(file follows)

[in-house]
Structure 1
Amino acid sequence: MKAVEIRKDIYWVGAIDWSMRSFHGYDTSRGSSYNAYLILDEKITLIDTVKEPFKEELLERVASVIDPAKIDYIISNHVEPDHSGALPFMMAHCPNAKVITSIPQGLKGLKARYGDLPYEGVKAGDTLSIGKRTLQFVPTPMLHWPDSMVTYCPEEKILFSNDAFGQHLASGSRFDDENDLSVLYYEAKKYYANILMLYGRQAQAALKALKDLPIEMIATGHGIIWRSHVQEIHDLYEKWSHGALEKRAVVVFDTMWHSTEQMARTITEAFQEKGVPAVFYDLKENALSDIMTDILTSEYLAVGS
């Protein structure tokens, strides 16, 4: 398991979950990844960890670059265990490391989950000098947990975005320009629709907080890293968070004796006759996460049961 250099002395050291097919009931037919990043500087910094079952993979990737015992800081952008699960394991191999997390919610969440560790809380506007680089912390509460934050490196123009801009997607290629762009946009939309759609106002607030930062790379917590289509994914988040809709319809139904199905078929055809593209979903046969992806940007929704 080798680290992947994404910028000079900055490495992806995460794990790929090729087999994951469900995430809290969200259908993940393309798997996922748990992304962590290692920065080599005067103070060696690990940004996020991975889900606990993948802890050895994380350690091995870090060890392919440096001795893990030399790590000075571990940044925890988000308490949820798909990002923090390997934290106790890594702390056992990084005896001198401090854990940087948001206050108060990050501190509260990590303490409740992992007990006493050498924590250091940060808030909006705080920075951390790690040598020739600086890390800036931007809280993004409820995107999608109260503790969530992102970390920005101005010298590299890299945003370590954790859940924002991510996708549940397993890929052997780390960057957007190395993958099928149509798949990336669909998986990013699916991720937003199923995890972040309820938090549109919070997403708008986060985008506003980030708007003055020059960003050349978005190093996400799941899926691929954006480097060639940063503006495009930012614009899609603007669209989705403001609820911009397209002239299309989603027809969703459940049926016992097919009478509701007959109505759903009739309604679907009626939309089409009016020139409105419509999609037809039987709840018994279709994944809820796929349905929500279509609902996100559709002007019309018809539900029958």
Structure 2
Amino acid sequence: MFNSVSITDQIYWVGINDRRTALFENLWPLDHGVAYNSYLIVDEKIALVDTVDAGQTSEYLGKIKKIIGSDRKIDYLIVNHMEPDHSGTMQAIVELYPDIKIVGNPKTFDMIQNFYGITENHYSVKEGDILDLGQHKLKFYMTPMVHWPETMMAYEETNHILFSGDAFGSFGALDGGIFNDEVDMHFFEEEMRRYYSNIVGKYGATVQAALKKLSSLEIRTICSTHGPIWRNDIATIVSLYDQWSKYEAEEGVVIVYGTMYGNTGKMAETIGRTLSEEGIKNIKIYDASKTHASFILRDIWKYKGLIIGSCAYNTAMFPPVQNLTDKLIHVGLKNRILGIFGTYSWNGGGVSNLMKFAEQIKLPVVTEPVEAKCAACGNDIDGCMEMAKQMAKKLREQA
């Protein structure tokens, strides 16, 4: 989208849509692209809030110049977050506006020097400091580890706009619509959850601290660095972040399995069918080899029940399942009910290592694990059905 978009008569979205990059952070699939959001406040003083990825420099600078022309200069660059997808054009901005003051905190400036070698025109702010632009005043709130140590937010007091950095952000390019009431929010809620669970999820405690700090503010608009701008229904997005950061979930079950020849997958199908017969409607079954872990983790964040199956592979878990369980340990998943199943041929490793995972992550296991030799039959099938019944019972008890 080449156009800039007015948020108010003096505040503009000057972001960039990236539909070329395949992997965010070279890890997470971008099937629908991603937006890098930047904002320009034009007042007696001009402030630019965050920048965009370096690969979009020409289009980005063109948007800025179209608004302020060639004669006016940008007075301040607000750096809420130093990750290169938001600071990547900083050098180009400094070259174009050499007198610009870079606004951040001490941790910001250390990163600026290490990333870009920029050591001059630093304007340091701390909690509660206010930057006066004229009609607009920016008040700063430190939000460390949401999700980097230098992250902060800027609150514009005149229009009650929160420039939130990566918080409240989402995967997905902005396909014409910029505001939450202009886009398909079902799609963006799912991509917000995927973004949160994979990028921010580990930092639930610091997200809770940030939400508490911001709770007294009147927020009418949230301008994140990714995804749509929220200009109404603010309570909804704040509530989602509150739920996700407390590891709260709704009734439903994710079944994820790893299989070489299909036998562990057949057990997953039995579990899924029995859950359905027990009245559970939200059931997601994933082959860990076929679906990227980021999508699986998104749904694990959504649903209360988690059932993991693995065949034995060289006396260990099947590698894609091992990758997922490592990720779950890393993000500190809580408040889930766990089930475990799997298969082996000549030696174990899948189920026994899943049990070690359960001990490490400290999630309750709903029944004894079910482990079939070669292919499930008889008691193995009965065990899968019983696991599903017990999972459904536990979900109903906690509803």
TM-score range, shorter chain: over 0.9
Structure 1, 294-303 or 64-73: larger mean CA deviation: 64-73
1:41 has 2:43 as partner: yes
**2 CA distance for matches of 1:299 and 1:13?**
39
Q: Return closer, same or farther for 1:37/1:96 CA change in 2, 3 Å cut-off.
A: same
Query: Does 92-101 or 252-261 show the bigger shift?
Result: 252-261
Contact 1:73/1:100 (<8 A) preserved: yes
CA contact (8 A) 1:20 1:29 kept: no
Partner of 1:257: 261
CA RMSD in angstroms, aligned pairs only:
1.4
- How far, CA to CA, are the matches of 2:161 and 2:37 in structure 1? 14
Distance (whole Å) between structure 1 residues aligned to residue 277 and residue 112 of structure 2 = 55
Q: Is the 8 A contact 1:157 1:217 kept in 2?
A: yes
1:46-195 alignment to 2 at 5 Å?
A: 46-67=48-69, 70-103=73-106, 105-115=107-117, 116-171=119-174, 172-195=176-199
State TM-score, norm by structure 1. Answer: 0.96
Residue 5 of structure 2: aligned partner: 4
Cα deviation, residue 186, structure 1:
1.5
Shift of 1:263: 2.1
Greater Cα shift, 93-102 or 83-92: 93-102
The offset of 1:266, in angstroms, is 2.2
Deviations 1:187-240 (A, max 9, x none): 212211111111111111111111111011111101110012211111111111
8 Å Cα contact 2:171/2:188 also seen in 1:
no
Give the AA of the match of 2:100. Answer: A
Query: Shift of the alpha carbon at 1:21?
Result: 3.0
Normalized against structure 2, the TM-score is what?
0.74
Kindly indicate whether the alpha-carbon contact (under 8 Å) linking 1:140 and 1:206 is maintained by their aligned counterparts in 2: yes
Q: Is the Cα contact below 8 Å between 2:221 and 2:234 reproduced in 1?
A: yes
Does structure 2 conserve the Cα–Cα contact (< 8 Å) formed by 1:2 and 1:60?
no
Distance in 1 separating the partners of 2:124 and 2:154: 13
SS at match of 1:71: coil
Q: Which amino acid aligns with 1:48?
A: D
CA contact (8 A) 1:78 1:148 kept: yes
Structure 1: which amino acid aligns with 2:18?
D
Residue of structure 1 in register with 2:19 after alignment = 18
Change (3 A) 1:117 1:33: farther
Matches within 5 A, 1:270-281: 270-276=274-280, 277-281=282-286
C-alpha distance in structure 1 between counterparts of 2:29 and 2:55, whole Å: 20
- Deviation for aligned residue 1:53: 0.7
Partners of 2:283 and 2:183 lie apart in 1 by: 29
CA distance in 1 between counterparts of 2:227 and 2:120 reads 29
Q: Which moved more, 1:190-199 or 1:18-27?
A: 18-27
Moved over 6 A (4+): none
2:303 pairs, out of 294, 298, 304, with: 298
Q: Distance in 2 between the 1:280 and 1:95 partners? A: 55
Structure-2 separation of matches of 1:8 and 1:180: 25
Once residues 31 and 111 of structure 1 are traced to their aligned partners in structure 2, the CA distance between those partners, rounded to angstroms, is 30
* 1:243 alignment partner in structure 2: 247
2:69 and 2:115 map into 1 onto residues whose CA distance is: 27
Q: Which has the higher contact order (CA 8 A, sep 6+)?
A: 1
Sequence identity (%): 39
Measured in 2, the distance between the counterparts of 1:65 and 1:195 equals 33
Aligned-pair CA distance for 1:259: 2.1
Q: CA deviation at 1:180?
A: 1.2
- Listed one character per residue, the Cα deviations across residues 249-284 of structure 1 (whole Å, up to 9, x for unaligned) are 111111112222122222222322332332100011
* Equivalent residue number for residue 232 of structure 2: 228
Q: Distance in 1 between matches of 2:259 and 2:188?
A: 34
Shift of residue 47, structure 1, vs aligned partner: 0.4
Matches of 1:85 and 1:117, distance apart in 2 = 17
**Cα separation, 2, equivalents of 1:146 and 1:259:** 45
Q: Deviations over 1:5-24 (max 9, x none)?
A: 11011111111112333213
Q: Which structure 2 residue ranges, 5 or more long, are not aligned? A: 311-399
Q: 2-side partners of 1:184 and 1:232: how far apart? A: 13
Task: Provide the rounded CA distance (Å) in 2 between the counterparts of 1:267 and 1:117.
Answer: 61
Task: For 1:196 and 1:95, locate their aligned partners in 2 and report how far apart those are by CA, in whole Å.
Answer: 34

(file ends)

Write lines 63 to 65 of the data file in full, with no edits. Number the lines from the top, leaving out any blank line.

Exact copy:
A: 18-27
Moved over 6 A (4+): none
2:303 pairs, out of 294, 298, 304, with: 298